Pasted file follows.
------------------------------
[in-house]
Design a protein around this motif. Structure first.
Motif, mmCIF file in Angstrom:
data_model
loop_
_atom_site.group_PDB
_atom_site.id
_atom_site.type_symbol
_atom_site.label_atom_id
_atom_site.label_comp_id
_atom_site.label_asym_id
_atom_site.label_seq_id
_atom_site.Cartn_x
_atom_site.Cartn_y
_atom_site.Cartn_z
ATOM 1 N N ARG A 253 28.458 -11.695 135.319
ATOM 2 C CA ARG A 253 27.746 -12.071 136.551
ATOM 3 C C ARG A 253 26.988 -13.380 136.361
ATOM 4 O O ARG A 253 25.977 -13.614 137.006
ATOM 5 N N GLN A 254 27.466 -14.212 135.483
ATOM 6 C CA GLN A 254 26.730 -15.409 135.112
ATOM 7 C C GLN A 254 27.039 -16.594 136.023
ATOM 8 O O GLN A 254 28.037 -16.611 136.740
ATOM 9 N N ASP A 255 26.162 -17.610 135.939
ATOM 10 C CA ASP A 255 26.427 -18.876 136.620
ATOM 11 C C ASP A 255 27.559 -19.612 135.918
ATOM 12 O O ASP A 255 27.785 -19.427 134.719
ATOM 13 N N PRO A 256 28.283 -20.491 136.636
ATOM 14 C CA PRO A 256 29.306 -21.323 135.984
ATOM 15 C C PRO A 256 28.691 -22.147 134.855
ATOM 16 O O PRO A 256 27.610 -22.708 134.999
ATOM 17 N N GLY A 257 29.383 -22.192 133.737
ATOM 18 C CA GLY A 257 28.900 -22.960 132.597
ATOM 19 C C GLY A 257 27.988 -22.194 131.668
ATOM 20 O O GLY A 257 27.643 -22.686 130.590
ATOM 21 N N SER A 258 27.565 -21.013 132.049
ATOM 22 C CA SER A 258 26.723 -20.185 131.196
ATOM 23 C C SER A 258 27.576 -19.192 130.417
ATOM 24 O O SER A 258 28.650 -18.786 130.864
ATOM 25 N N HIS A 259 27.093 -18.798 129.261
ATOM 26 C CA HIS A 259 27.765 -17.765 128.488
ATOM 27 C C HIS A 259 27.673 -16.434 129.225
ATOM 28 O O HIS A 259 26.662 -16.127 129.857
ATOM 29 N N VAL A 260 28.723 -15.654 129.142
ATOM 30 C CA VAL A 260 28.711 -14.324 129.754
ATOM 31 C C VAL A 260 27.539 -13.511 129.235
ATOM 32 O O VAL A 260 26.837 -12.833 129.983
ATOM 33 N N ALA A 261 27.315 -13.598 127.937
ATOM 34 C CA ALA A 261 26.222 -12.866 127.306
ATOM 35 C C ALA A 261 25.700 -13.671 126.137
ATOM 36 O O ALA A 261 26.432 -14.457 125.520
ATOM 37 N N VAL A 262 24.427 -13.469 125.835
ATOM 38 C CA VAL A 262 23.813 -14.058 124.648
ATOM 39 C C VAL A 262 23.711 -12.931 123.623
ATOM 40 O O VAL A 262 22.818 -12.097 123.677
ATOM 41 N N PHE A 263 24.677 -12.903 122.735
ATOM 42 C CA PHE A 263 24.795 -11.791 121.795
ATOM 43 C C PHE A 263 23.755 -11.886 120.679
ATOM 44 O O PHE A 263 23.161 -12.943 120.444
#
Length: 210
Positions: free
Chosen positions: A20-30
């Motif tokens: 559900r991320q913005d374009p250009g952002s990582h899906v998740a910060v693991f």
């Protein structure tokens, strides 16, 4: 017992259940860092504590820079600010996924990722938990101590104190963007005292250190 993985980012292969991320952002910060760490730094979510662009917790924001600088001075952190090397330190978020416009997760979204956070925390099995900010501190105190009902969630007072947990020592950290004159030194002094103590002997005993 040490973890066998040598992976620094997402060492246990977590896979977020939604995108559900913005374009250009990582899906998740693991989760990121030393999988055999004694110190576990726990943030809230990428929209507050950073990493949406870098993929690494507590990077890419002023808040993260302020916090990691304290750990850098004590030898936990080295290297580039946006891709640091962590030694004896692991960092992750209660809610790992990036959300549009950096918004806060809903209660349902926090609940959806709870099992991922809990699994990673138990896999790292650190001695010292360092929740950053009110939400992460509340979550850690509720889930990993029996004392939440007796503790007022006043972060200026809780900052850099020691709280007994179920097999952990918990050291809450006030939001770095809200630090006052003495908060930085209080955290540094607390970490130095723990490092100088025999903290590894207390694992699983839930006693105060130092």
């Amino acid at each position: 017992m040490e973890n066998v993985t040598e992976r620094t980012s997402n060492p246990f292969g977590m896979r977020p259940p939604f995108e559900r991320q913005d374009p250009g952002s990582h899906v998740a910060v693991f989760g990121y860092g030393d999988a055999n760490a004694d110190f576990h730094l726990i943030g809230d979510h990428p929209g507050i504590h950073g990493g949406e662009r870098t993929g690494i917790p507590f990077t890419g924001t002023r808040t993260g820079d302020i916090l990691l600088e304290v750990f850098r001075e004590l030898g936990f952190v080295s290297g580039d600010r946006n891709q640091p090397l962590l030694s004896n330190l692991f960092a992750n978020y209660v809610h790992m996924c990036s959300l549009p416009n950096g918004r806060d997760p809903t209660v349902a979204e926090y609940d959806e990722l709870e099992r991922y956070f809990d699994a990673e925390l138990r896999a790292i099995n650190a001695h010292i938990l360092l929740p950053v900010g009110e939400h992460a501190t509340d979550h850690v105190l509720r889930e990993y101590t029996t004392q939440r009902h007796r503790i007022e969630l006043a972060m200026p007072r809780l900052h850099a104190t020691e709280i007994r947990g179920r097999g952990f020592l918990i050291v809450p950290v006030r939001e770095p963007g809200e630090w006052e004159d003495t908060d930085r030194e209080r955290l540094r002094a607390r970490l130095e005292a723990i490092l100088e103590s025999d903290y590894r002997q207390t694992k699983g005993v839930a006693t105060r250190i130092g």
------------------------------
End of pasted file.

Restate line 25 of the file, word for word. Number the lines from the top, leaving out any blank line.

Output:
ATOM 10 C CA ASP A 255 26.427 -18.876 136.620